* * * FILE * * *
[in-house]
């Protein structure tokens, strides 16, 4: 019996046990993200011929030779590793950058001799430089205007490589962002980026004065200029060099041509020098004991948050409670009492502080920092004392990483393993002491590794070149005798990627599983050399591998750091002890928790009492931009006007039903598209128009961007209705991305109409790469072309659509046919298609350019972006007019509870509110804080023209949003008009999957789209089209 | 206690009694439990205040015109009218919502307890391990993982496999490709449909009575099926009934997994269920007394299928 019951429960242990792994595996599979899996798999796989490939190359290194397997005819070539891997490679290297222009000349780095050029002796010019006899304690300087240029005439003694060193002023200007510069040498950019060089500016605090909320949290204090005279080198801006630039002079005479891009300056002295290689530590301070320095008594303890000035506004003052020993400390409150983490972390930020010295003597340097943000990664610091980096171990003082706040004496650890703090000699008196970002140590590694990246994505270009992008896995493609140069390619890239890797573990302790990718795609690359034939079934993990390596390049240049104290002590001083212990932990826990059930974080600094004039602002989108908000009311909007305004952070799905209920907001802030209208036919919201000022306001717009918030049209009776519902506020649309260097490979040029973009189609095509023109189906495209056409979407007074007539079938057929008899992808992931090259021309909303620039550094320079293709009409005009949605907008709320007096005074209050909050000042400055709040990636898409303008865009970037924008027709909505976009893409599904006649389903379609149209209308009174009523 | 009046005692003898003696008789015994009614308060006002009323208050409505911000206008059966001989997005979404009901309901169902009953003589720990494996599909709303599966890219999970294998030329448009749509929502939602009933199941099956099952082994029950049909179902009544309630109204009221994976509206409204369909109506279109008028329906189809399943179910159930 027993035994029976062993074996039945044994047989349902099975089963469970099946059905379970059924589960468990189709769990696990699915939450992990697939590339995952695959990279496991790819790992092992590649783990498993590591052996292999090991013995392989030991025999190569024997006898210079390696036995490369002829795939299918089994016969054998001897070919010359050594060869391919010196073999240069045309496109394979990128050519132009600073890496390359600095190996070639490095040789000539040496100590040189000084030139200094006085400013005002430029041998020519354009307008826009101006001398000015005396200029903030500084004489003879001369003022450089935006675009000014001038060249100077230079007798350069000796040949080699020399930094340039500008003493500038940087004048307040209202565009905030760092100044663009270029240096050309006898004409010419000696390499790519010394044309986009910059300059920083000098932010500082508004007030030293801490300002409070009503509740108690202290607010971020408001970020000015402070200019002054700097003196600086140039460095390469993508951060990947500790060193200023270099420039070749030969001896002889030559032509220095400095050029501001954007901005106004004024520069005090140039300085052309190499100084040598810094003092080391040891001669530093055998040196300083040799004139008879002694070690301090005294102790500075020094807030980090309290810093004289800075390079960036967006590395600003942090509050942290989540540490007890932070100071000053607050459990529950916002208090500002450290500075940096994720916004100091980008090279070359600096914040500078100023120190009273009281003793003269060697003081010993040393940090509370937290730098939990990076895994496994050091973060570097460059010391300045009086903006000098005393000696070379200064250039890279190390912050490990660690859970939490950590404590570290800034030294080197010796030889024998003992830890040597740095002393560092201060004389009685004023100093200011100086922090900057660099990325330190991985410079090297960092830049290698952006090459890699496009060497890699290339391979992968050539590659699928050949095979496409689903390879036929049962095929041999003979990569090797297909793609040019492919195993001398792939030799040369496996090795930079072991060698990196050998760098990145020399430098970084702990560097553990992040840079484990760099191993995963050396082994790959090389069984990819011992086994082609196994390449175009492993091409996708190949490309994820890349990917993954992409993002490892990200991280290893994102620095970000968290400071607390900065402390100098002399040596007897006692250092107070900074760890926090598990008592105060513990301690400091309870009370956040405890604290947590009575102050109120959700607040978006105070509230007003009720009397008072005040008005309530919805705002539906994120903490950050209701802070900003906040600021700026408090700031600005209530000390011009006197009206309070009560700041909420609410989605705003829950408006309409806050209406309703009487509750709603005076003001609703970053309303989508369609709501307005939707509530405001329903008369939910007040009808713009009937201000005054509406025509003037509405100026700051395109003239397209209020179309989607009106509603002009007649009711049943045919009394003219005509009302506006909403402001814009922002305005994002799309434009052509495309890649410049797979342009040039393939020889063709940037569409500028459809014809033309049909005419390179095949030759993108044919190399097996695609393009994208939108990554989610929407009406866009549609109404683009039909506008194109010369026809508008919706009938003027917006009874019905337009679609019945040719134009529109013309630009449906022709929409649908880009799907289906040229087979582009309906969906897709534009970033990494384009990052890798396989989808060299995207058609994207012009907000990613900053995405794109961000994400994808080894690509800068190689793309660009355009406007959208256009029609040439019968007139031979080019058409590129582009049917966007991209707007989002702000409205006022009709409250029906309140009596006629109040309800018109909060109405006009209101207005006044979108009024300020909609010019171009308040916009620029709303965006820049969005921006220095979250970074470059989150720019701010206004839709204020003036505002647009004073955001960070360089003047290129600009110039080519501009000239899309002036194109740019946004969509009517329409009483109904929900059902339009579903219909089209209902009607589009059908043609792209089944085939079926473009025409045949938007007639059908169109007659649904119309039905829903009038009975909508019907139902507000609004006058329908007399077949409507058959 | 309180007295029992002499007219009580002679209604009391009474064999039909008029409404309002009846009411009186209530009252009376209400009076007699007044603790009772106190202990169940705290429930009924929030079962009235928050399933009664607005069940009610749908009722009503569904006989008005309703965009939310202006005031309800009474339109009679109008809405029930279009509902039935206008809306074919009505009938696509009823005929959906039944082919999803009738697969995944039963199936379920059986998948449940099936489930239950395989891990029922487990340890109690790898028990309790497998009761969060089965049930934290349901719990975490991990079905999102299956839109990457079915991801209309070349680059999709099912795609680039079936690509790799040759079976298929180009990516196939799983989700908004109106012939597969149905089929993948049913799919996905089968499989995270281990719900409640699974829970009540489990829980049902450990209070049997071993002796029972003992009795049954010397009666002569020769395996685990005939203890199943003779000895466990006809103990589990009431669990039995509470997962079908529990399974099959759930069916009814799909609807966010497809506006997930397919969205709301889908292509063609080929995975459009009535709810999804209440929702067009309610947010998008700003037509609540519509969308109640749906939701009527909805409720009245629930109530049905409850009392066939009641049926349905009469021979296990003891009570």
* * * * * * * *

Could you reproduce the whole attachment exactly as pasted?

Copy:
[in-house]
């Protein structure tokens, strides 16, 4: 019996046990993200011929030779590793950058001799430089205007490589962002980026004065200029060099041509020098004991948050409670009492502080920092004392990483393993002491590794070149005798990627599983050399591998750091002890928790009492931009006007039903598209128009961007209705991305109409790469072309659509046919298609350019972006007019509870509110804080023209949003008009999957789209089209 | 206690009694439990205040015109009218919502307890391990993982496999490709449909009575099926009934997994269920007394299928 019951429960242990792994595996599979899996798999796989490939190359290194397997005819070539891997490679290297222009000349780095050029002796010019006899304690300087240029005439003694060193002023200007510069040498950019060089500016605090909320949290204090005279080198801006630039002079005479891009300056002295290689530590301070320095008594303890000035506004003052020993400390409150983490972390930020010295003597340097943000990664610091980096171990003082706040004496650890703090000699008196970002140590590694990246994505270009992008896995493609140069390619890239890797573990302790990718795609690359034939079934993990390596390049240049104290002590001083212990932990826990059930974080600094004039602002989108908000009311909007305004952070799905209920907001802030209208036919919201000022306001717009918030049209009776519902506020649309260097490979040029973009189609095509023109189906495209056409979407007074007539079938057929008899992808992931090259021309909303620039550094320079293709009409005009949605907008709320007096005074209050909050000042400055709040990636898409303008865009970037924008027709909505976009893409599904006649389903379609149209209308009174009523 | 009046005692003898003696008789015994009614308060006002009323208050409505911000206008059966001989997005979404009901309901169902009953003589720990494996599909709303599966890219999970294998030329448009749509929502939602009933199941099956099952082994029950049909179902009544309630109204009221994976509206409204369909109506279109008028329906189809399943179910159930 027993035994029976062993074996039945044994047989349902099975089963469970099946059905379970059924589960468990189709769990696990699915939450992990697939590339995952695959990279496991790819790992092992590649783990498993590591052996292999090991013995392989030991025999190569024997006898210079390696036995490369002829795939299918089994016969054998001897070919010359050594060869391919010196073999240069045309496109394979990128050519132009600073890496390359600095190996070639490095040789000539040496100590040189000084030139200094006085400013005002430029041998020519354009307008826009101006001398000015005396200029903030500084004489003879001369003022450089935006675009000014001038060249100077230079007798350069000796040949080699020399930094340039500008003493500038940087004048307040209202565009905030760092100044663009270029240096050309006898004409010419000696390499790519010394044309986009910059300059920083000098932010500082508004007030030293801490300002409070009503509740108690202290607010971020408001970020000015402070200019002054700097003196600086140039460095390469993508951060990947500790060193200023270099420039070749030969001896002889030559032509220095400095050029501001954007901005106004004024520069005090140039300085052309190499100084040598810094003092080391040891001669530093055998040196300083040799004139008879002694070690301090005294102790500075020094807030980090309290810093004289800075390079960036967006590395600003942090509050942290989540540490007890932070100071000053607050459990529950916002208090500002450290500075940096994720916004100091980008090279070359600096914040500078100023120190009273009281003793003269060697003081010993040393940090509370937290730098939990990076895994496994050091973060570097460059010391300045009086903006000098005393000696070379200064250039890279190390912050490990660690859970939490950590404590570290800034030294080197010796030889024998003992830890040597740095002393560092201060004389009685004023100093200011100086922090900057660099990325330190991985410079090297960092830049290698952006090459890699496009060497890699290339391979992968050539590659699928050949095979496409689903390879036929049962095929041999003979990569090797297909793609040019492919195993001398792939030799040369496996090795930079072991060698990196050998760098990145020399430098970084702990560097553990992040840079484990760099191993995963050396082994790959090389069984990819011992086994082609196994390449175009492993091409996708190949490309994820890349990917993954992409993002490892990200991280290893994102620095970000968290400071607390900065402390100098002399040596007897006692250092107070900074760890926090598990008592105060513990301690400091309870009370956040405890604290947590009575102050109120959700607040978006105070509230007003009720009397008072005040008005309530919805705002539906994120903490950050209701802070900003906040600021700026408090700031600005209530000390011009006197009206309070009560700041909420609410989605705003829950408006309409806050209406309703009487509750709603005076003001609703970053309303989508369609709501307005939707509530405001329903008369939910007040009808713009009937201000005054509406025509003037509405100026700051395109003239397209209020179309989607009106509603002009007649009711049943045919009394003219005509009302506006909403402001814009922002305005994002799309434009052509495309890649410049797979342009040039393939020889063709940037569409500028459809014809033309049909005419390179095949030759993108044919190399097996695609393009994208939108990554989610929407009406866009549609109404683009039909506008194109010369026809508008919706009938003027917006009874019905337009679609019945040719134009529109013309630009449906022709929409649908880009799907289906040229087979582009309906969906897709534009970033990494384009990052890798396989989808060299995207058609994207012009907000990613900053995405794109961000994400994808080894690509800068190689793309660009355009406007959208256009029609040439019968007139031979080019058409590129582009049917966007991209707007989002702000409205006022009709409250029906309140009596006629109040309800018109909060109405006009209101207005006044979108009024300020909609010019171009308040916009620029709303965006820049969005921006220095979250970074470059989150720019701010206004839709204020003036505002647009004073955001960070360089003047290129600009110039080519501009000239899309002036194109740019946004969509009517329409009483109904929900059902339009579903219909089209209902009607589009059908043609792209089944085939079926473009025409045949938007007639059908169109007659649904119309039905829903009038009975909508019907139902507000609004006058329908007399077949409507058959 | 309180007295029992002499007219009580002679209604009391009474064999039909008029409404309002009846009411009186209530009252009376209400009076007699007044603790009772106190202990169940705290429930009924929030079962009235928050399933009664607005069940009610749908009722009503569904006989008005309703965009939310202006005031309800009474339109009679109008809405029930279009509902039935206008809306074919009505009938696509009823005929959906039944082919999803009738697969995944039963199936379920059986998948449940099936489930239950395989891990029922487990340890109690790898028990309790497998009761969060089965049930934290349901719990975490991990079905999102299956839109990457079915991801209309070349680059999709099912795609680039079936690509790799040759079976298929180009990516196939799983989700908004109106012939597969149905089929993948049913799919996905089968499989995270281990719900409640699974829970009540489990829980049902450990209070049997071993002796029972003992009795049954010397009666002569020769395996685990005939203890199943003779000895466990006809103990589990009431669990039995509470997962079908529990399974099959759930069916009814799909609807966010497809506006997930397919969205709301889908292509063609080929995975459009009535709810999804209440929702067009309610947010998008700003037509609540519509969308109640749906939701009527909805409720009245629930109530049905409850009392066939009641049926349905009469021979296990003891009570």